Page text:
Ivaska on Bridge

Declarer’s Losing Option Offered

By Paul Ivaska

Las Vegas, Nevada








             West                                East

             ♠J103                               ♠A4

             954                                763

             K1062                           AJ84

             ♣Q63                              ♣J952








North   East    South  West

                       1♠        Pass

1NT     Pass    3♠        Pass

3NT     Pass    4♠        Pass

Pass     Pass               


Opening Lead: 2


Some holdings and hand patterns have definite personalities.

This one from an IMP match between two excellent teams stars one such holding, and a player who understood its characteristics.

The bidding was good, and consistent with modern practices. South’s hand is strong defensively, therefore a preempt in spades would be a needless risk, especially when owning the highest ranking suit.

South’s 3♠ rebid, a jump in the original suit, was invitational, but not forcing. North then showed a maximum with secondary cards by offering an alternative game contract in notrump.

South naturally insisted on spades.

The Play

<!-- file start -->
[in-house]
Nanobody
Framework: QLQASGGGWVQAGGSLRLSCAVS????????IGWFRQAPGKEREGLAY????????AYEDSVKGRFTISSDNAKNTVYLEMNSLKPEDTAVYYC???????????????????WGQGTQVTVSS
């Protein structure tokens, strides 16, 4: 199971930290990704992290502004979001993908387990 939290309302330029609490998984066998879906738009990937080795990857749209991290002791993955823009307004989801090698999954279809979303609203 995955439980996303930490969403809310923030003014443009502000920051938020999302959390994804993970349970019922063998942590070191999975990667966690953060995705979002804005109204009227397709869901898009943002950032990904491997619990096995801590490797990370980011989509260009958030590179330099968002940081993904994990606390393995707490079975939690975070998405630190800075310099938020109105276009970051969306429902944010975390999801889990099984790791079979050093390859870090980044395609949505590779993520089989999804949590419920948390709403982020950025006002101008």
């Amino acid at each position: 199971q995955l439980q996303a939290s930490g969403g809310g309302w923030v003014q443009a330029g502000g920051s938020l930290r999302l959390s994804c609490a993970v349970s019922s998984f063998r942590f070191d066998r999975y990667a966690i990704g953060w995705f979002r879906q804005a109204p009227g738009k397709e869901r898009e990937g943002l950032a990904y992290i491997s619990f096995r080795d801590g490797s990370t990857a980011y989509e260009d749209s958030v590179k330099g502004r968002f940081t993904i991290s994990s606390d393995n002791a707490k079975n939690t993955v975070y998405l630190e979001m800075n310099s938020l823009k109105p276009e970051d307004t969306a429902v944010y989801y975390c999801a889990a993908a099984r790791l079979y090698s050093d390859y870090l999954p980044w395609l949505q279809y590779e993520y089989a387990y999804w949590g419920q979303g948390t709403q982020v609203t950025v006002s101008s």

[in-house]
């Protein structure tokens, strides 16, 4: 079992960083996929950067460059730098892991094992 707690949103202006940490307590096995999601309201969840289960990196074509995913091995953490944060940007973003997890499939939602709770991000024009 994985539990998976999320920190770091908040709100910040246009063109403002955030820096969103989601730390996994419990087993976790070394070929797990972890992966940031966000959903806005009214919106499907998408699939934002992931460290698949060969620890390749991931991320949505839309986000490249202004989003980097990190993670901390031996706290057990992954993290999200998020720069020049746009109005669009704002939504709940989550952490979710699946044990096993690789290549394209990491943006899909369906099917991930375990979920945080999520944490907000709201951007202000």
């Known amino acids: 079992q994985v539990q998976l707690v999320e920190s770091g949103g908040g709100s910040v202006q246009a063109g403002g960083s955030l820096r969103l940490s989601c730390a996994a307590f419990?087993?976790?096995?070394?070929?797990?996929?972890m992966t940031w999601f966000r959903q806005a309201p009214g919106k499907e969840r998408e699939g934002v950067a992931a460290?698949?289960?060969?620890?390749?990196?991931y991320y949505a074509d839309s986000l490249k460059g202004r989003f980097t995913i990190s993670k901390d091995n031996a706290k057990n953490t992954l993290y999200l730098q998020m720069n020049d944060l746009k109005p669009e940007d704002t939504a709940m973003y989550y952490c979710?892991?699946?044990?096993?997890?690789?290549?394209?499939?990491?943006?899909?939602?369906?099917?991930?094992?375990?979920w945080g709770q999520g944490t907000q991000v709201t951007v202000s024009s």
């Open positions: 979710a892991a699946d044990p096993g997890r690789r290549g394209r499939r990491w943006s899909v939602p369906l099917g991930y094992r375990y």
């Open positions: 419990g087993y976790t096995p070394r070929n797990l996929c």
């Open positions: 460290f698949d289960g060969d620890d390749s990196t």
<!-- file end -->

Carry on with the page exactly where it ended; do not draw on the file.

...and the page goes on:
Declarer ruffed the third round of diamonds and crossed to dummy by overtaking the ♣K with the ace. He then led the table’s only trump to his ♠K on which West innocently followed with the ♠10.

South knew that his opponent was quite capable of making this play from this actual holding, but eventually made the losing decision of putting down the trump queen at trick six in an abortive effort to smother the ♠J. Down one.

Mandatory False Card

West’s play of the ♠10 is known technically as a mandatary false card, in the sense that it is not optional, or done wantonly or capriciously. It is absolutely required to give an opponent choices between winning and losing lines of play.

For example: had West inattentively played the ♠3 under the king, declarer would have had no alternative to leading a small spade, trying to fell the doubleton ace. Also, the need for West to retain both the jack and ten is only illusory, when declarer is known to hold at least two top honors.



The situation is completely different when a defender is in front of a long suit with that holding (♠J10x). Then, it’s usually right to play small: partly to retain the honors so as not to be finessed against later, partly because it’s not generally necessary to guard against an irrational, or double- dummy, move by declarer holding ♠KQ9xxxx.

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